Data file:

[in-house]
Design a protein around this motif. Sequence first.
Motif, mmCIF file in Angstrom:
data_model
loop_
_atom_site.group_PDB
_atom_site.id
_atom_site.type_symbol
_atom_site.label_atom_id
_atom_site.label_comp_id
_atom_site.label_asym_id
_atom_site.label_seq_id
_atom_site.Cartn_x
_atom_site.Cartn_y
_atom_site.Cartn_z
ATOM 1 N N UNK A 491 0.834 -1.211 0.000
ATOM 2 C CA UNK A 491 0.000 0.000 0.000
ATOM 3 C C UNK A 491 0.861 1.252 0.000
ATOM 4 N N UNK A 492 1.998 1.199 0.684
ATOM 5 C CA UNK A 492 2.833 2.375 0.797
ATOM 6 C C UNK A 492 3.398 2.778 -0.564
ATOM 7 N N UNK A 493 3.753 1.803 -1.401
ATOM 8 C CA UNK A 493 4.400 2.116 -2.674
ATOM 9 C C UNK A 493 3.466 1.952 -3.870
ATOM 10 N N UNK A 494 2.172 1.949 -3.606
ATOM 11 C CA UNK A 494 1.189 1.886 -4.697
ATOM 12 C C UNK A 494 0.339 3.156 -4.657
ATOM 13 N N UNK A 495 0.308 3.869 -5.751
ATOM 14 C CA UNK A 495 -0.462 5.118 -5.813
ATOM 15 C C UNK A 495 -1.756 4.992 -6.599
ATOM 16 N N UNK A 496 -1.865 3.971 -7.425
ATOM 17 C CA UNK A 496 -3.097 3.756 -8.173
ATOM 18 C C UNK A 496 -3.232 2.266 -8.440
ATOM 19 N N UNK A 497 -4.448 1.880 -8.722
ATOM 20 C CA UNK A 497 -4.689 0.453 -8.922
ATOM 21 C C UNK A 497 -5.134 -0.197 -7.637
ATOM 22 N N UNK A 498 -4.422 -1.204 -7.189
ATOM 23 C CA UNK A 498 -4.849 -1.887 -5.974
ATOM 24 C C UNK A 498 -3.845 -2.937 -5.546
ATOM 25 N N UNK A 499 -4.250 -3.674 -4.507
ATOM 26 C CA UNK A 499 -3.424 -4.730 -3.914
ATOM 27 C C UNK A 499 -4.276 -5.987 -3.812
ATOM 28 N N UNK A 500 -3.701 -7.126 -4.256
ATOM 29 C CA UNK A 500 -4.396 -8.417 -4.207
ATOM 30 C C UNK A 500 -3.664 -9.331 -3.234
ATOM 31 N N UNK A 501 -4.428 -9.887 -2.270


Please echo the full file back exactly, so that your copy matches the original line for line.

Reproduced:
[in-house]
Design a protein around this motif. Sequence first.
Motif, mmCIF file in Angstrom:
data_model
loop_
_atom_site.group_PDB
_atom_site.id
_atom_site.type_symbol
_atom_site.label_atom_id
_atom_site.label_comp_id
_atom_site.label_asym_id
_atom_site.label_seq_id
_atom_site.Cartn_x
_atom_site.Cartn_y
_atom_site.Cartn_z
ATOM 1 N N UNK A 491 0.834 -1.211 0.000
ATOM 2 C CA UNK A 491 0.000 0.000 0.000
ATOM 3 C C UNK A 491 0.861 1.252 0.000
ATOM 4 N N UNK A 492 1.998 1.199 0.684
ATOM 5 C CA UNK A 492 2.833 2.375 0.797
ATOM 6 C C UNK A 492 3.398 2.778 -0.564
ATOM 7 N N UNK A 493 3.753 1.803 -1.401
ATOM 8 C CA UNK A 493 4.400 2.116 -2.674
ATOM 9 C C UNK A 493 3.466 1.952 -3.870
ATOM 10 N N UNK A 494 2.172 1.949 -3.606
ATOM 11 C CA UNK A 494 1.189 1.886 -4.697
ATOM 12 C C UNK A 494 0.339 3.156 -4.657
ATOM 13 N N UNK A 495 0.308 3.869 -5.751
ATOM 14 C CA UNK A 495 -0.462 5.118 -5.813
ATOM 15 C C UNK A 495 -1.756 4.992 -6.599
ATOM 16 N N UNK A 496 -1.865 3.971 -7.425
ATOM 17 C CA UNK A 496 -3.097 3.756 -8.173
ATOM 18 C C UNK A 496 -3.232 2.266 -8.440
ATOM 19 N N UNK A 497 -4.448 1.880 -8.722
ATOM 20 C CA UNK A 497 -4.689 0.453 -8.922
ATOM 21 C C UNK A 497 -5.134 -0.197 -7.637
ATOM 22 N N UNK A 498 -4.422 -1.204 -7.189
ATOM 23 C CA UNK A 498 -4.849 -1.887 -5.974
ATOM 24 C C UNK A 498 -3.845 -2.937 -5.546
ATOM 25 N N UNK A 499 -4.250 -3.674 -4.507
ATOM 26 C CA UNK A 499 -3.424 -4.730 -3.914
ATOM 27 C C UNK A 499 -4.276 -5.987 -3.812
ATOM 28 N N UNK A 500 -3.701 -7.126 -4.256
ATOM 29 C CA UNK A 500 -4.396 -8.417 -4.207
ATOM 30 C C UNK A 500 -3.664 -9.331 -3.234
ATOM 31 N N UNK A 501 -4.428 -9.887 -2.270